Mission in the Midst of Madness (Part 4)

Peace

Jesus Christ’s mission on this earth is the foundation of our mission today. One of the neglected aspects of Jesus’ mission is that of peacemaking and peacekeeping.  This aspect of his mission clearly shows us Jesus’ approach to violence and evil which was prevalent in his world as it is in our time. Social evils, bigotry, zealotry of all kinds including “terrorism” and “holy war,” banditry, class conflicts, foreign occupation, colonization, hostility between Jews and Romans, and Jews and Samaritans, fanaticism, and so on, were all present in the time of Jesus. He had to deal with them in the same way that we encounter these issues in our lives today. Jesus’ command to love and to work for the peacemaking was his response to the current events of violence and hatred in his day. He wanted to show both Jews and Romans that the peace that he has come to establish comes through love, acceptance of enemies, and unlimited forgiveness than revengeful violence or military might.

We have taken the Great Commission seriously and have crossed difficult geo-political and cultural boundaries in carrying the gospel to the ends of the earth. However, the church has often neglected the command of Jesus Christ to love our enemies and have failed to preach the good news of peace through Jesus Christ, which is an intrinsic aspect of Christian mission. If we fail in following Christ in this aspect, then we are guilty of neglecting his mission.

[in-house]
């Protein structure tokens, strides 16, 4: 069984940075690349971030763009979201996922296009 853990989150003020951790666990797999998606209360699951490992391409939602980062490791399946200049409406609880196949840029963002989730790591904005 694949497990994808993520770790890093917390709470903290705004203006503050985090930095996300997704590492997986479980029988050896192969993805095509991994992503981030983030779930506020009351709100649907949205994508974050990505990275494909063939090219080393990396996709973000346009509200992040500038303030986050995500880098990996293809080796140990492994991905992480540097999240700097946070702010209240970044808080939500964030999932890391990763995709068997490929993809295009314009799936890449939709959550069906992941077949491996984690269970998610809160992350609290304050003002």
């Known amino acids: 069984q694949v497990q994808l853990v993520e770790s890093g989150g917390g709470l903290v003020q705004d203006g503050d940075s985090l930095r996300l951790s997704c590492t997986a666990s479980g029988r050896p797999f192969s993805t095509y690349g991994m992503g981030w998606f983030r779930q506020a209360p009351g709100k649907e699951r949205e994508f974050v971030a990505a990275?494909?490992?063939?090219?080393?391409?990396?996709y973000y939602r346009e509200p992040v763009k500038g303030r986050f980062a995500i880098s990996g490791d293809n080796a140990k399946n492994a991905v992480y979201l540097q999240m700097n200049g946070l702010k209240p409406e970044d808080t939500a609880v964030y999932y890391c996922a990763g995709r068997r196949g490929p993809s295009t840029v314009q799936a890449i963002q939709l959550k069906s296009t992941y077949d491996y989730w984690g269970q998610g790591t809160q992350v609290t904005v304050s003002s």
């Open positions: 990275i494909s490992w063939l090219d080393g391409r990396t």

In the passion narrative of the gospels, Jesus refused to retaliate even in his self-defense. Jesus healed the servant of the high priest who was struck by one of his disciples fully knowing that the high priest had sent them to arrest and condemn him to death (Luke 22:50-51). At the cross, Jesus prays for his executioners (Luke 23:34). Stephen literally follows the example of his Master by praying for those who stoned him to death (Acts 7:60). Even after his resurrection and gaining a glorified body, Jesus does not go after the Jews who conspired to crucify him or the Romans who carried out his execution. If the history of the church narrated in the book of Acts of the Apostles shows us anything, it’s that although the fledgling church lived in the midst of hatred and violence, it made sure that peacemaking was an integral part of their missional existence in a world full of hatred. This struggling church was always on the move and outward looking in its mission. Their inner spiritual life of the followers of Jesus was always connected to and manifested in the outer world of sin and violence.

What was true of the Master must also be true of his followers today. We have no option but to make peacemaking and peacekeeping an integral part of our missional existence as a church of the Lord Jesus Christ. Jesus showed it and the world needs it!

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Mission in the Midst of Madness (Part 3)

James_Tissot_The_First_Nail_525